Thinking Fast and Slow How Your Brain Thinks

Sunk-Cost Fallacy and Regret

  • The decision to invest additional resources in a losing account when better investments are available, is known as the sunk-cost fallacy. Boards will often fire a CEO who is encumbered by prior decisions and reluctant to cut losses. This fallacy keeps people in poor jobs, unhappy marriages, and unpromising research projects.
  • Regret is an emotion, and it is also a punishment that we administer to ourselves. We have stronger emotional reactions to outcomes produced by action than to those produced by inaction. We also regret actions out of the norm more if the result doesn’t work. Unfortunately, we anticipate more regret than we actually experience because of the efficacy of our psychological defenses. Bottom line, regret is overrated. Don’t waste your time.

Context and Frames

  • Individual choices one makes depends heavily on the context in which the choice is made. A number of interesting experiments demonstrate this. When faced with side by side judgments, people make different decisions than when faced with the items in isolation. Since juries are not allowed to compare damage awards to other decided cases, they can come up with some wild awards.
  • Kahneman uses multiple examples from the research to make the case that policymakers and service providers need to pay attention to how questions are framed. The most dramatic example comes from organ donation plans in various locals. If you have to opt-in you are less likely to be a donor that if you have to opt-out. Sweden has 86% rate with an opt-out plan while neighboring Denmark has a 4% rate with their opt-in plan.

Peak-End Rule and Duration Neglect

  • Human memory has evolved to give increased weight to the most intense moment of an episode of pain or pleasure (the peak) and the feelings when the episode ends. The terms Peak-End Rule and Duration Neglect arise from these observations. This is a function of System 1. It seems are are not good at taking the sum of all positive or negative experiences. This would be analogous to measuring the area under a curve (integration).
  • We have two selves. One that experiences life in the moment and one that remembers it. The former monitors pleasure and pain in real time while the later is prone to suffer from the peak-end rule and the duration neglect. For the remembering self, there is no point taking a vacation unless you have fond memories at the end.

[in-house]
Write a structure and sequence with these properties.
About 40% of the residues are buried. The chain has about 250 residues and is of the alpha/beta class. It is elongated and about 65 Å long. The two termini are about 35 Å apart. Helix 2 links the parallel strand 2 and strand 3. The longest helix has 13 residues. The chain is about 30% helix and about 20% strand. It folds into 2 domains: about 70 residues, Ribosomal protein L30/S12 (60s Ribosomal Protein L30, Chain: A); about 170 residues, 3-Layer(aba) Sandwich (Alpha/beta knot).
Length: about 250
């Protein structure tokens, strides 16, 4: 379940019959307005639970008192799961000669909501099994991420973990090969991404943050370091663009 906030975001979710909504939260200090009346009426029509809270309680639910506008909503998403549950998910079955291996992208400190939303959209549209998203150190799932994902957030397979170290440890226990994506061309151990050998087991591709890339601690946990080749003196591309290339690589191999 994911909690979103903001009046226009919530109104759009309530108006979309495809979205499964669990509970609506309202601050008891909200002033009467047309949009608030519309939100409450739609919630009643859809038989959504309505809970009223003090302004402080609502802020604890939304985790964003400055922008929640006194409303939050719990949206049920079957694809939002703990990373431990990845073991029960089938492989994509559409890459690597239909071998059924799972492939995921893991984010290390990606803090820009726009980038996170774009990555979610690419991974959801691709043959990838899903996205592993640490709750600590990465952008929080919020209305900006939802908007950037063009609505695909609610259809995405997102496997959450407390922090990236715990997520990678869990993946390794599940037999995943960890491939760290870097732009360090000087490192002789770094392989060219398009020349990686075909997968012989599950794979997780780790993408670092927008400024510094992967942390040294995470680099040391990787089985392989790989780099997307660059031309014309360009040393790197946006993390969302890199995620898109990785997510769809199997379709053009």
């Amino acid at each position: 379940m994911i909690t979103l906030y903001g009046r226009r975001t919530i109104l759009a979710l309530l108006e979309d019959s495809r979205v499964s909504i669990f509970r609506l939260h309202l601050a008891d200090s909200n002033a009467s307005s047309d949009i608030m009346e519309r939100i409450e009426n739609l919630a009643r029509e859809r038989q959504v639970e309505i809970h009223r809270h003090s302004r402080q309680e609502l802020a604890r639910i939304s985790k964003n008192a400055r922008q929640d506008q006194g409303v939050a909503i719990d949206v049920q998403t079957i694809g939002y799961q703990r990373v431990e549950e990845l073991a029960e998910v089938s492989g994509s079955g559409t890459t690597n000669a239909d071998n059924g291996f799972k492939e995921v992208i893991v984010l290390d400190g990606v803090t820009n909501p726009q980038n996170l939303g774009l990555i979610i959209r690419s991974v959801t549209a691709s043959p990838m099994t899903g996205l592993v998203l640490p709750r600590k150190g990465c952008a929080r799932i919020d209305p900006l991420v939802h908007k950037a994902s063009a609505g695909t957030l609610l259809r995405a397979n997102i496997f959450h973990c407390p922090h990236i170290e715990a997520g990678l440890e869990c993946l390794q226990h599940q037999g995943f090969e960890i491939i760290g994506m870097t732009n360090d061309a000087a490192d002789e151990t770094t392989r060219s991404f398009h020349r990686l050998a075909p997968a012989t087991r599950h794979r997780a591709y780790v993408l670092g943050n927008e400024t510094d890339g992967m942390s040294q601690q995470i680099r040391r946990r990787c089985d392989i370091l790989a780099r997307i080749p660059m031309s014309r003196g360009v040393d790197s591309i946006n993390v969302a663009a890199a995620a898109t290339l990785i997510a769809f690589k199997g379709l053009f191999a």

Experienced Well-Being and Life Satisfaction

  • Kahneman discusses life satisfaction, which depends on what you remember, and experienced well-being, which deals with how you feel as you move through life. Being rich doesn’t improve your experienced well-being, but it creates high life satisfaction. Being poor, however, makes one miserable on both accounts. On average, once you get to a yearly income of about $75,000 in high-cost areas, more money does not make daily life better, but it does increase life satisfaction. Being ill has the most impact (negative) on experienced well-being while being with friends is second (positive). In order to experience joy in something, you have to attend to it. Eating while doing something else will reduce the pleasure that comes from eating.

Thinking About Life

  • Your satisfaction with life depends to a large extent on goals you set and how well you do reaching them. If your goals are too difficult you are likely to live a dissatisfied adult life. Kahneman also believes that life satisfaction has a large genetic component.
  • Any aspect of life to which attention is directed will loom large in your global evaluation. This is called the focusing illusion. This means that nothing in life is as important as you think it is when you are thinking about it. New situations impact your thinking a great deal. As time goes by, you adapt due to the fact you think less and less about it. For example, paraplegics’ moods gradually improve as they think about their conditions less. The opposite is true for lottery winners.

Final Words

  • Our System 1 is our automatic system and it is responsible for a lot of what we do wrong. It is also responsible for what we do right, which is most of what we do. Thoughts and actions guided by System 1 are generally on the mark. Kahneman admits that it is even hard for him to educate his System 1 and know when to slow down and bring System 2 into play, but he has made progress and encourages the readers to do the same.
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5 Responses to “Thinking Fast and Slow How Your Brain Thinks”

  1. Mark Thompson says:

    Correction: December 18, 2011

    A review on Nov. 27 about “Thinking, Fast and Slow” erroneously attributed a distinction to the book’s author, Daniel Kahneman, who won the Nobel in economic science in 2002. His being a psychologist was indeed unusual but did not make his award “unique in the history of the prize.” Another psychologist, Herbert A. Simon, won the award in 1978. (Simon, a polymath and interdisciplinarian, was also an economist, a political scientist and a sociologist.)

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    ““Thinking Fast and Slow How Your Brain Thinks

  3. I read a review in the New York Times.

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